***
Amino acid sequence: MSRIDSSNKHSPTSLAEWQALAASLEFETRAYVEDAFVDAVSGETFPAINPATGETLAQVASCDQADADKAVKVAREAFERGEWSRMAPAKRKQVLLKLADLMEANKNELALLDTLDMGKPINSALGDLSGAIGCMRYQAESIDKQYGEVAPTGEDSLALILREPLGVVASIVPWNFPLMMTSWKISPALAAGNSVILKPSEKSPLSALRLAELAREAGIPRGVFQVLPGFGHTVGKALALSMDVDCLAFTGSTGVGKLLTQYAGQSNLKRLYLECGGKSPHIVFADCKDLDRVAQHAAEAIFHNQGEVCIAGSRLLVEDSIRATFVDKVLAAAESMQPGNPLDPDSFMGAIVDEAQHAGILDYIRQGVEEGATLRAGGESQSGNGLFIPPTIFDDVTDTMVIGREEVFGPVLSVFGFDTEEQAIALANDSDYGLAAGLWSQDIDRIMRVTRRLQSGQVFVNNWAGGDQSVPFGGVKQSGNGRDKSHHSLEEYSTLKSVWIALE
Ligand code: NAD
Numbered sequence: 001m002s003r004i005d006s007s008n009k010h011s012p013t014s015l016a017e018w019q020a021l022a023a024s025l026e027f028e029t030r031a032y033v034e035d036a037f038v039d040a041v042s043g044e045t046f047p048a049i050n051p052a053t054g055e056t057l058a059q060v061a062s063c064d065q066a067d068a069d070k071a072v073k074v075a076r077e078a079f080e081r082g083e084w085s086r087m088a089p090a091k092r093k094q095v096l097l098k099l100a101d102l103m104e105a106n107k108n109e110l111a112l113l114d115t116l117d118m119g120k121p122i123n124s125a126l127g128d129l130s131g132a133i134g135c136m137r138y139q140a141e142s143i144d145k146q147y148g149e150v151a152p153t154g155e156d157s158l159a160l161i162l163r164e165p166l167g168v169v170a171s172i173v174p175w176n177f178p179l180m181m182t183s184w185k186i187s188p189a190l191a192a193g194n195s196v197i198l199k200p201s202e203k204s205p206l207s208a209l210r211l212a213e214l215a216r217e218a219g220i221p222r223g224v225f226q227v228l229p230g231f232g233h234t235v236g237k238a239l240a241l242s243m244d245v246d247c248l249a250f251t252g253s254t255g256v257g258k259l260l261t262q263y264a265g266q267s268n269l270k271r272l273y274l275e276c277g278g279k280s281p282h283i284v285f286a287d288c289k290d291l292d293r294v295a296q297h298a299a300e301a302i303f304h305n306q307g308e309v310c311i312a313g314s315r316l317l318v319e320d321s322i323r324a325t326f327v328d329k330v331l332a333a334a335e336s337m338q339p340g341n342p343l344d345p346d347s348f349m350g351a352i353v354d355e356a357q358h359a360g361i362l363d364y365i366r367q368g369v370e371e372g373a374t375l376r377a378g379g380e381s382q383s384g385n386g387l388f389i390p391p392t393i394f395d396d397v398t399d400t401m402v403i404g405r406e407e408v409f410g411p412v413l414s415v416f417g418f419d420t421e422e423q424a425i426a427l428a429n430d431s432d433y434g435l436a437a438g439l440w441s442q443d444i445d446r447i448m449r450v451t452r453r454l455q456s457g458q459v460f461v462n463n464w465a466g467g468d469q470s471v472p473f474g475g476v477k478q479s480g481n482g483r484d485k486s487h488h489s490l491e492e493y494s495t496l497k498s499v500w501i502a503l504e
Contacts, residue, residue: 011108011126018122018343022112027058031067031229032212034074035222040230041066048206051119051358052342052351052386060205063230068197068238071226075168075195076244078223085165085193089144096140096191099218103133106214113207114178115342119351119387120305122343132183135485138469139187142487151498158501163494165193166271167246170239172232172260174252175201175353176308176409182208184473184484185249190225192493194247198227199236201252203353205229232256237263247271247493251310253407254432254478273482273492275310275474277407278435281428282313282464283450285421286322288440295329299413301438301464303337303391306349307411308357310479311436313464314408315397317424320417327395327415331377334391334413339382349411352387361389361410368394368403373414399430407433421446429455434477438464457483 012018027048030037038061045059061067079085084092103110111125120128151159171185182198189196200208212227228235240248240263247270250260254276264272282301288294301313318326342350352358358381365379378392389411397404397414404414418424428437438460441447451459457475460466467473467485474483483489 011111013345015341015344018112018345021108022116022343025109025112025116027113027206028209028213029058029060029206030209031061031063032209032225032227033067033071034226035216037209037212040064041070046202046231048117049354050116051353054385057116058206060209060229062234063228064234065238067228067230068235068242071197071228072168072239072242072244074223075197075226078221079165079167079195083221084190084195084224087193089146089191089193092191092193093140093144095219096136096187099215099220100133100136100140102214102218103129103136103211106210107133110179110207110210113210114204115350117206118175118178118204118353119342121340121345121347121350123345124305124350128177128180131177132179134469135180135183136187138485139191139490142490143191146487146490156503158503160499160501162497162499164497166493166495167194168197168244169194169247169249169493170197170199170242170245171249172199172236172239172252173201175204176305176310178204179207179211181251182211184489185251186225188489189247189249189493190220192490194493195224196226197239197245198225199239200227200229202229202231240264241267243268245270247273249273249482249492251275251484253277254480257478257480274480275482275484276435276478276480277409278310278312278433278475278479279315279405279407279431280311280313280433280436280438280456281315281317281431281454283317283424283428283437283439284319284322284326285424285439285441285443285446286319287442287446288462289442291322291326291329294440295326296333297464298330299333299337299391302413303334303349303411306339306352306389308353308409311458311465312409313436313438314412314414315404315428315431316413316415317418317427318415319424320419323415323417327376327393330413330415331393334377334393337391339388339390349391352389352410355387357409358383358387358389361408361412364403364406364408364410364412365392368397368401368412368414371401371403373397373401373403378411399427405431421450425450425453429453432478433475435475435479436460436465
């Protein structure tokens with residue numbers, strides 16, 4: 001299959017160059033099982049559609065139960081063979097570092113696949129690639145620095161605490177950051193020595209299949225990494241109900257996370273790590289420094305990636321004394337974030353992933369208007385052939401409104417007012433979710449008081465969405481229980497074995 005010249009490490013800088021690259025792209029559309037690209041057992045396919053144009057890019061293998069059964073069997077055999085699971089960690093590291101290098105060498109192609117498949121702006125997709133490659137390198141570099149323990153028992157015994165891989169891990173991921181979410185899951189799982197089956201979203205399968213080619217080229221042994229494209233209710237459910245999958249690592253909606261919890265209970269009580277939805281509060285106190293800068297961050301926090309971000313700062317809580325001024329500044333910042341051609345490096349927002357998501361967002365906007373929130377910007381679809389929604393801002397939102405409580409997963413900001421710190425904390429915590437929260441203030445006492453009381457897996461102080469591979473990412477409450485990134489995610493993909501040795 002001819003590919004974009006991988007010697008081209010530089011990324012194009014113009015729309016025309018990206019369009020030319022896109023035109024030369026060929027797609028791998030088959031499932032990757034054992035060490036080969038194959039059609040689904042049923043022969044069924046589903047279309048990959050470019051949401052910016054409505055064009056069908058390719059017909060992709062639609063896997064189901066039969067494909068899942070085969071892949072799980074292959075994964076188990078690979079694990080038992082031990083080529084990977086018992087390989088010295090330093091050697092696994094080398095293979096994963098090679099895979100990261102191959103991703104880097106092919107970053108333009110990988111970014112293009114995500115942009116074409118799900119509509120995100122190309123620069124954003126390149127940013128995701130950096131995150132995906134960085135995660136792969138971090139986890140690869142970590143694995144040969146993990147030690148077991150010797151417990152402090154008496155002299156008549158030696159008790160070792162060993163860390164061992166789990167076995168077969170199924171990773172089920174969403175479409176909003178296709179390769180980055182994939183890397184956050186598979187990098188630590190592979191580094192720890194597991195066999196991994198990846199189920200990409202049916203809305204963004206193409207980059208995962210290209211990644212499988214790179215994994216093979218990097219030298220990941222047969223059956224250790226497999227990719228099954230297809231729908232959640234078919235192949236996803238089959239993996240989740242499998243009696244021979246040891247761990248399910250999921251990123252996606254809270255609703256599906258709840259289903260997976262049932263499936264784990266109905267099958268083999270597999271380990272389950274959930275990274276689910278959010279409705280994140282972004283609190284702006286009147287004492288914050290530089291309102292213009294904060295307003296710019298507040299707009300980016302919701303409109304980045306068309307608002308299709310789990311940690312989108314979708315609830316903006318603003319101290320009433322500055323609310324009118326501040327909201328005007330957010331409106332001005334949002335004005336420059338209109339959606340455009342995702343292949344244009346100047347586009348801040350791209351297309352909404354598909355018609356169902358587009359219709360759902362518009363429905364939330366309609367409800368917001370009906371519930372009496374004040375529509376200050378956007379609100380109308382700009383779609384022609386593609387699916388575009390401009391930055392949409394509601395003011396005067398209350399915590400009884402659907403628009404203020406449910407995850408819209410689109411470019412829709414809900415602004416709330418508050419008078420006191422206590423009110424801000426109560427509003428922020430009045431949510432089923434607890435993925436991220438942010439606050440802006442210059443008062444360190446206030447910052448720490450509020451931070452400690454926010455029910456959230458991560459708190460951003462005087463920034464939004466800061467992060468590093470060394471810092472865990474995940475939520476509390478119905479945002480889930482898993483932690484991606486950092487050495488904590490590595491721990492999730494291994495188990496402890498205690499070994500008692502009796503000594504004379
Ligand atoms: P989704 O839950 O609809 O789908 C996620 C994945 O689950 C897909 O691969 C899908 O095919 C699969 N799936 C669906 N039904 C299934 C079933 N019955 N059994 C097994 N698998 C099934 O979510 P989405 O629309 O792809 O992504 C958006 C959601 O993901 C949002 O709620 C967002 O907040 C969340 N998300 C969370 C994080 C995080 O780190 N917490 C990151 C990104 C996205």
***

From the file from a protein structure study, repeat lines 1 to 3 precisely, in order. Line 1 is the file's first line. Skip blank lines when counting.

Amino acid sequence: MSRIDSSNKHSPTSLAEWQALAASLEFETRAYVEDAFVDAVSGETFPAINPATGETLAQVASCDQADADKAVKVAREAFERGEWSRMAPAKRKQVLLKLADLMEANKNELALLDTLDMGKPINSALGDLSGAIGCMRYQAESIDKQYGEVAPTGEDSLALILREPLGVVASIVPWNFPLMMTSWKISPALAAGNSVILKPSEKSPLSALRLAELAREAGIPRGVFQVLPGFGHTVGKALALSMDVDCLAFTGSTGVGKLLTQYAGQSNLKRLYLECGGKSPHIVFADCKDLDRVAQHAAEAIFHNQGEVCIAGSRLLVEDSIRATFVDKVLAAAESMQPGNPLDPDSFMGAIVDEAQHAGILDYIRQGVEEGATLRAGGESQSGNGLFIPPTIFDDVTDTMVIGREEVFGPVLSVFGFDTEEQAIALANDSDYGLAAGLWSQDIDRIMRVTRRLQSGQVFVNNWAGGDQSVPFGGVKQSGNGRDKSHHSLEEYSTLKSVWIALE
Ligand code: NAD
Numbered sequence: 001m002s003r004i005d006s007s008n009k010h011s012p013t014s015l016a017e018w019q020a021l022a023a024s025l026e027f028e029t030r031a032y033v034e035d036a037f038v039d040a041v042s043g044e045t046f047p048a049i050n051p052a053t054g055e056t057l058a059q060v061a062s063c064d065q066a067d068a069d070k071a072v073k074v075a076r077e078a079f080e081r082g083e084w085s086r087m088a089p090a091k092r093k094q095v096l097l098k099l100a101d102l103m104e105a106n107k108n109e110l111a112l113l114d115t116l117d118m119g120k121p122i123n124s125a126l127g128d129l130s131g132a133i134g135c136m137r138y139q140a141e142s143i144d145k146q147y148g149e150v151a152p153t154g155e156d157s158l159a160l161i162l163r164e165p166l167g168v169v170a171s172i173v174p175w176n177f178p179l180m181m182t183s184w185k186i187s188p189a190l191a192a193g194n195s196v197i198l199k200p201s202e203k204s205p206l207s208a209l210r211l212a213e214l215a216r217e218a219g220i221p222r223g224v225f226q227v228l229p230g231f232g233h234t235v236g237k238a239l240a241l242s243m244d245v246d247c248l249a250f251t252g253s254t255g256v257g258k259l260l261t262q263y264a265g266q267s268n269l270k271r272l273y274l275e276c277g278g279k280s281p282h283i284v285f286a287d288c289k290d291l292d293r294v295a296q297h298a299a300e301a302i303f304h305n306q307g308e309v310c311i312a313g314s315r316l317l318v319e320d321s322i323r324a325t326f327v328d329k330v331l332a333a334a335e336s337m338q339p340g341n342p343l344d345p346d347s348f349m350g351a352i353v354d355e356a357q358h359a360g361i362l363d364y365i366r367q368g369v370e371e372g373a374t375l376r377a378g379g380e381s382q383s384g385n386g387l388f389i390p391p392t393i394f395d396d397v398t399d400t401m402v403i404g405r406e407e408v409f410g411p412v413l414s415v416f417g418f419d420t421e422e423q424a425i426a427l428a429n430d431s432d433y434g435l436a437a438g439l440w441s442q443d444i445d446r447i448m449r450v451t452r453r454l455q456s457g458q459v460f461v462n463n464w465a466g467g468d469q470s471v472p473f474g475g476v477k478q479s480g481n482g483r484d485k486s487h488h489s490l491e492e493y494s495t496l497k498s499v500w501i502a503l504e